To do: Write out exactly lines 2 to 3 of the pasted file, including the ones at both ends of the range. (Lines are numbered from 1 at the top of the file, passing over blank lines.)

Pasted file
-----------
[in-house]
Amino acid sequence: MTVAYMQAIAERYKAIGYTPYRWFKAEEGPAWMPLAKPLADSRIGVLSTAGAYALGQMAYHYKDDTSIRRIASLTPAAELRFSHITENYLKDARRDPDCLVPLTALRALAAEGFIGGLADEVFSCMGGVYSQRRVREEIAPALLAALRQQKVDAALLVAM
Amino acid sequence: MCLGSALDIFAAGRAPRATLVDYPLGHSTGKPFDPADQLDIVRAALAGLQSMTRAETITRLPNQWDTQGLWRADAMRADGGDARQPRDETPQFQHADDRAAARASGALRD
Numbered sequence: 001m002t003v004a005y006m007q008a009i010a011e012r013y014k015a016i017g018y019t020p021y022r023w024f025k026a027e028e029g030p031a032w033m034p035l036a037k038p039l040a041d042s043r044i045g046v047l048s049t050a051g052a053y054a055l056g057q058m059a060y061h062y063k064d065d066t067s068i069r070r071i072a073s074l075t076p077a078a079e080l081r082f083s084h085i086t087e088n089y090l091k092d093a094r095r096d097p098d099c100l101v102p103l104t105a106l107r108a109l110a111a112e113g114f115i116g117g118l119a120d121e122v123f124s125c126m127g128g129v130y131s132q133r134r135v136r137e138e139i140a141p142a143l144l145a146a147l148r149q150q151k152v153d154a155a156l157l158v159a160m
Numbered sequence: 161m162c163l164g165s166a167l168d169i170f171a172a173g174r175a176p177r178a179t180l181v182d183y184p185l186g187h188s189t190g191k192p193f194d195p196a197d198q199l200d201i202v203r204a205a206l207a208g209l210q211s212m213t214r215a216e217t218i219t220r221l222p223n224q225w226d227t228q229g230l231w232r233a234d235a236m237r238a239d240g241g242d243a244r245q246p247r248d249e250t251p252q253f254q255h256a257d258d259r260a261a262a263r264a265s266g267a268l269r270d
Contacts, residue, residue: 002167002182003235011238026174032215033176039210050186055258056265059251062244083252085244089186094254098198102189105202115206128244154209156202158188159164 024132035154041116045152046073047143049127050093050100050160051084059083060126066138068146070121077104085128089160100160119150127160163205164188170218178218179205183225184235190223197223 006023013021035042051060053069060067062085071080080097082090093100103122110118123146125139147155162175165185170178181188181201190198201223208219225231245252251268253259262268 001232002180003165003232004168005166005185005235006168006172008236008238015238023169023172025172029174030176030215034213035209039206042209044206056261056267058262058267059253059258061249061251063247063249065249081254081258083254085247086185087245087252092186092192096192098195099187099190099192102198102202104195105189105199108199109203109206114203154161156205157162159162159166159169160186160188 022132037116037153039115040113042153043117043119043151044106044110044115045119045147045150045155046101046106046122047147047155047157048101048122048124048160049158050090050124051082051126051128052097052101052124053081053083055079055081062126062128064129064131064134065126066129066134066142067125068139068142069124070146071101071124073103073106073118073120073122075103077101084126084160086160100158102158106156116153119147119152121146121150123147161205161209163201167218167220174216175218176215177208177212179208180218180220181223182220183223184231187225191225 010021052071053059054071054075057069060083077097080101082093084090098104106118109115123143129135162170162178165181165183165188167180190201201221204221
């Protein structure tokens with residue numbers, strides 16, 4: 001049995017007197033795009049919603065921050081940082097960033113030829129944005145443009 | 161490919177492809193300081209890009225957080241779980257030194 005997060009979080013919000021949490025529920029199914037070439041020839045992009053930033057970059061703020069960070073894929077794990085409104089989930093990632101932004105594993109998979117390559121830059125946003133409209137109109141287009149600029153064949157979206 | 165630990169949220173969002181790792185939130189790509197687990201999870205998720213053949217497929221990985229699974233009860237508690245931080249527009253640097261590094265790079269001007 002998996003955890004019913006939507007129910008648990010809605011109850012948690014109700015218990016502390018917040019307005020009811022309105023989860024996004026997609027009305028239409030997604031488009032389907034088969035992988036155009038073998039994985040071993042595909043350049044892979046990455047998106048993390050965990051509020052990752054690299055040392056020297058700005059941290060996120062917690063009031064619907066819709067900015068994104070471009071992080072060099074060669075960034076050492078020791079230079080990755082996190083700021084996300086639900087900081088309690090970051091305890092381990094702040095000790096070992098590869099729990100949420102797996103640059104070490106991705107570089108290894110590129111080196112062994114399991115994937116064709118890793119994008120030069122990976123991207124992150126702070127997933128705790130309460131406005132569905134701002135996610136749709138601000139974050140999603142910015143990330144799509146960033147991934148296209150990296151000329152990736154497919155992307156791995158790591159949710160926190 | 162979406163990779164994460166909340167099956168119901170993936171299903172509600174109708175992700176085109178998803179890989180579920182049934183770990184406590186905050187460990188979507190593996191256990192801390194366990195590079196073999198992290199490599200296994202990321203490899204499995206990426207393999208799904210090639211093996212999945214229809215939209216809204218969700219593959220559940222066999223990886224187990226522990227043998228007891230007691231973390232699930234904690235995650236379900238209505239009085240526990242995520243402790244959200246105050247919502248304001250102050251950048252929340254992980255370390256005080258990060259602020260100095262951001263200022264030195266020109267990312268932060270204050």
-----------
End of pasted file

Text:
Amino acid sequence: MTVAYMQAIAERYKAIGYTPYRWFKAEEGPAWMPLAKPLADSRIGVLSTAGAYALGQMAYHYKDDTSIRRIASLTPAAELRFSHITENYLKDARRDPDCLVPLTALRALAAEGFIGGLADEVFSCMGGVYSQRRVREEIAPALLAALRQQKVDAALLVAM
Amino acid sequence: MCLGSALDIFAAGRAPRATLVDYPLGHSTGKPFDPADQLDIVRAALAGLQSMTRAETITRLPNQWDTQGLWRADAMRADGGDARQPRDETPQFQHADDRAAARASGALRD